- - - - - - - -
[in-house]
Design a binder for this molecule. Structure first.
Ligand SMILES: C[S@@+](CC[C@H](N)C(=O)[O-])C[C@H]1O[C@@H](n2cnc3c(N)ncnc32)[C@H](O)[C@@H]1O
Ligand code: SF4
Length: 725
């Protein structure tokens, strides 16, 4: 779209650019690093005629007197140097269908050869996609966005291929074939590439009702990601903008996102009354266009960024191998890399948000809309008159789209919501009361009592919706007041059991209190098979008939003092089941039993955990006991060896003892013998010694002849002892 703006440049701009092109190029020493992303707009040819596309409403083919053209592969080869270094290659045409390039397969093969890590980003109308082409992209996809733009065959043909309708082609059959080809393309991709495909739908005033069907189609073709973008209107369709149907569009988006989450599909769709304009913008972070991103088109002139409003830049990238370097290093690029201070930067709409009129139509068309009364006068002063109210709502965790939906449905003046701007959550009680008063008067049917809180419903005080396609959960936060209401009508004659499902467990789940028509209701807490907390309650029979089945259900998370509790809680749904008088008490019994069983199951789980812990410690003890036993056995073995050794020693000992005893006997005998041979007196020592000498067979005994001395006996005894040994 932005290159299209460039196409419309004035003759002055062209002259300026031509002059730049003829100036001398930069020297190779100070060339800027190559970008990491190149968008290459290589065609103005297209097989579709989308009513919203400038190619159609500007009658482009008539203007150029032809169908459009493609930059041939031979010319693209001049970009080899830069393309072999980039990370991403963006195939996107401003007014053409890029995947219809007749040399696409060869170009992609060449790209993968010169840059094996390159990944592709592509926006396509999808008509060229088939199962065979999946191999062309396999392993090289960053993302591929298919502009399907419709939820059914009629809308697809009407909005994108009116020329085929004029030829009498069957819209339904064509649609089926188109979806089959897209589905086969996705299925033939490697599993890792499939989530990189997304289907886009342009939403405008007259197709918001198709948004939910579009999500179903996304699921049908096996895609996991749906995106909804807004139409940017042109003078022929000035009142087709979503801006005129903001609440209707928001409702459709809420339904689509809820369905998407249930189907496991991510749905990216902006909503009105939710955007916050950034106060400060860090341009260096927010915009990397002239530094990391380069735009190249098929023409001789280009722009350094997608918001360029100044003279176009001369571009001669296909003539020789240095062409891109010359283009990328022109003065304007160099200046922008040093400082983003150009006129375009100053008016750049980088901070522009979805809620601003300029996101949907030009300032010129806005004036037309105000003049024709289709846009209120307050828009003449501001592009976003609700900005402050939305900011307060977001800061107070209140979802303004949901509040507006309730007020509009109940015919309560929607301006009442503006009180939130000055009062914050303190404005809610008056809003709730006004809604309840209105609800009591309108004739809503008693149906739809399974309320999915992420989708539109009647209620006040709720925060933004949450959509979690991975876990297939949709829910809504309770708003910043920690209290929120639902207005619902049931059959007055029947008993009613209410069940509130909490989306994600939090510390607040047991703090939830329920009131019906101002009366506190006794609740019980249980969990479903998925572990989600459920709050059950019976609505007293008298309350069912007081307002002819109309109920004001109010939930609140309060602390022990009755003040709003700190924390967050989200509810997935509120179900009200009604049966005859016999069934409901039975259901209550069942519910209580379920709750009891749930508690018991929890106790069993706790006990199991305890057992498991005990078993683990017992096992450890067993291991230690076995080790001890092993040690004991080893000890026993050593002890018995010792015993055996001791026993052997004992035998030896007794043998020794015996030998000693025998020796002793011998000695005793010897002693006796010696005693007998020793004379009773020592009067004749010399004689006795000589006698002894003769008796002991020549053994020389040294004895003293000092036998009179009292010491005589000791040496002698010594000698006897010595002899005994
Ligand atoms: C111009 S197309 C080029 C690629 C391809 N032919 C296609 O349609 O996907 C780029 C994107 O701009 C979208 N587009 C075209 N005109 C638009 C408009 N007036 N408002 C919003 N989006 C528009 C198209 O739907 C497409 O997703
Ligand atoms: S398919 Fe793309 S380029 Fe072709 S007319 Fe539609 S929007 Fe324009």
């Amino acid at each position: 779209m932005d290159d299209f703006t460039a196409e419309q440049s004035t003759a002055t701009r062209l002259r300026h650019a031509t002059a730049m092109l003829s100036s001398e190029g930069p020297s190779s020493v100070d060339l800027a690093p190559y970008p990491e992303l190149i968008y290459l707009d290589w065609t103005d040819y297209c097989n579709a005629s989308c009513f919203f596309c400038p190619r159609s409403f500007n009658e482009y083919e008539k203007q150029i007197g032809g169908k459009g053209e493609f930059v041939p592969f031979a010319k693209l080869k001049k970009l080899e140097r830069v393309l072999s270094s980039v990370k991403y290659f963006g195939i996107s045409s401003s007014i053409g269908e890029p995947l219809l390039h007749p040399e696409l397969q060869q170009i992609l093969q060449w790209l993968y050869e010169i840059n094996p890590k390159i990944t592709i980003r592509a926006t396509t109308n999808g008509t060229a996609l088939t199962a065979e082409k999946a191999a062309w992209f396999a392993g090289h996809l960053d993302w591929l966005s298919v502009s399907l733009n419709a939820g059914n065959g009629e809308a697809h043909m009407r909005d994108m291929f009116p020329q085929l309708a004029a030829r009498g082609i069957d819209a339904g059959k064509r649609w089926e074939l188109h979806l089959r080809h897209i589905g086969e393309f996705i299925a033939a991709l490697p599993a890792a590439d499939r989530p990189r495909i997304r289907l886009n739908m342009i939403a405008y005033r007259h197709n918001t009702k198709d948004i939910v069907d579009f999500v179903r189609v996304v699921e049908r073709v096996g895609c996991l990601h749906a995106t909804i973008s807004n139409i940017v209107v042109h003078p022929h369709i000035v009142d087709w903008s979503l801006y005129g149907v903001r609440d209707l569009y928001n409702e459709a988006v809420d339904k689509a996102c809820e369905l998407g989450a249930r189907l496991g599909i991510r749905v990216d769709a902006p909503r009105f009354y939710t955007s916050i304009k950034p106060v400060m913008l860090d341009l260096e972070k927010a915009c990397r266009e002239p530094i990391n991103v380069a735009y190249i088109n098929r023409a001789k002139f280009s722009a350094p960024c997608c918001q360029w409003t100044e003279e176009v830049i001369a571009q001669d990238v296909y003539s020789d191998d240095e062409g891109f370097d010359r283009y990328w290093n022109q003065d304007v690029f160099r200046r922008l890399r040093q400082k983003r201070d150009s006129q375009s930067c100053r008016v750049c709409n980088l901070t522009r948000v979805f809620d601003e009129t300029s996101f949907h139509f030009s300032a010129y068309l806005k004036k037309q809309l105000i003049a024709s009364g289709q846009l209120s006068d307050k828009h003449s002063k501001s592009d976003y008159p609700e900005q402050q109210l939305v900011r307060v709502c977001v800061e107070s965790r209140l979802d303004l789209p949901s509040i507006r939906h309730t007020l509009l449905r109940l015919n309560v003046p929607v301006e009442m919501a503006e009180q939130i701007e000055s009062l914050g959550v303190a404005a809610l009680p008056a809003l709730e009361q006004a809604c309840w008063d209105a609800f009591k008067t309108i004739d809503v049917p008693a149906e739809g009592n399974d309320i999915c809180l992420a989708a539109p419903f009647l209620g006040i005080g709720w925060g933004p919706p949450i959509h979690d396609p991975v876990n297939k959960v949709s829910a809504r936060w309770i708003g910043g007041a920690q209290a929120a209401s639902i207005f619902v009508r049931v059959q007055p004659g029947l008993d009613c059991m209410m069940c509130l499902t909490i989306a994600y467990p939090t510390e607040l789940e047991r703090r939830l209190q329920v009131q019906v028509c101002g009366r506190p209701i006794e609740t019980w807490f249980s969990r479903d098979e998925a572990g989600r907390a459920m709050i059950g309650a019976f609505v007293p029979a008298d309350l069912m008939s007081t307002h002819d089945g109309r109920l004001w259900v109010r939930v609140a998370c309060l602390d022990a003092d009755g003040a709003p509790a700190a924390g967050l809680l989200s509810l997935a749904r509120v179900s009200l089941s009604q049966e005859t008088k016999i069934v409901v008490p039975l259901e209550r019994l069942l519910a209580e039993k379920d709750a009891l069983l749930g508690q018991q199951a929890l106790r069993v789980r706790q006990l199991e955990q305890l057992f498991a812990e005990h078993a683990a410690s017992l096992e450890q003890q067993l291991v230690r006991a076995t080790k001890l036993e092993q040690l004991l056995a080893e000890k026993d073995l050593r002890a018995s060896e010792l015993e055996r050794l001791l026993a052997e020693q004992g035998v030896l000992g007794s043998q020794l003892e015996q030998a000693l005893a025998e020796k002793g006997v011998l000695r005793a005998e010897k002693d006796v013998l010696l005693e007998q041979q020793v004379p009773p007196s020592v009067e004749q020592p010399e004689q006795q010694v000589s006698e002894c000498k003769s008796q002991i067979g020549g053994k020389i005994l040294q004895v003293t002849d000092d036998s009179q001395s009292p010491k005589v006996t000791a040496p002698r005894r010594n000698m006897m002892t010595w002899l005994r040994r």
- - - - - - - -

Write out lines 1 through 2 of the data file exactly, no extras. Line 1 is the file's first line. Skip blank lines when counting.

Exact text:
[in-house]
Design a binder for this molecule. Structure first.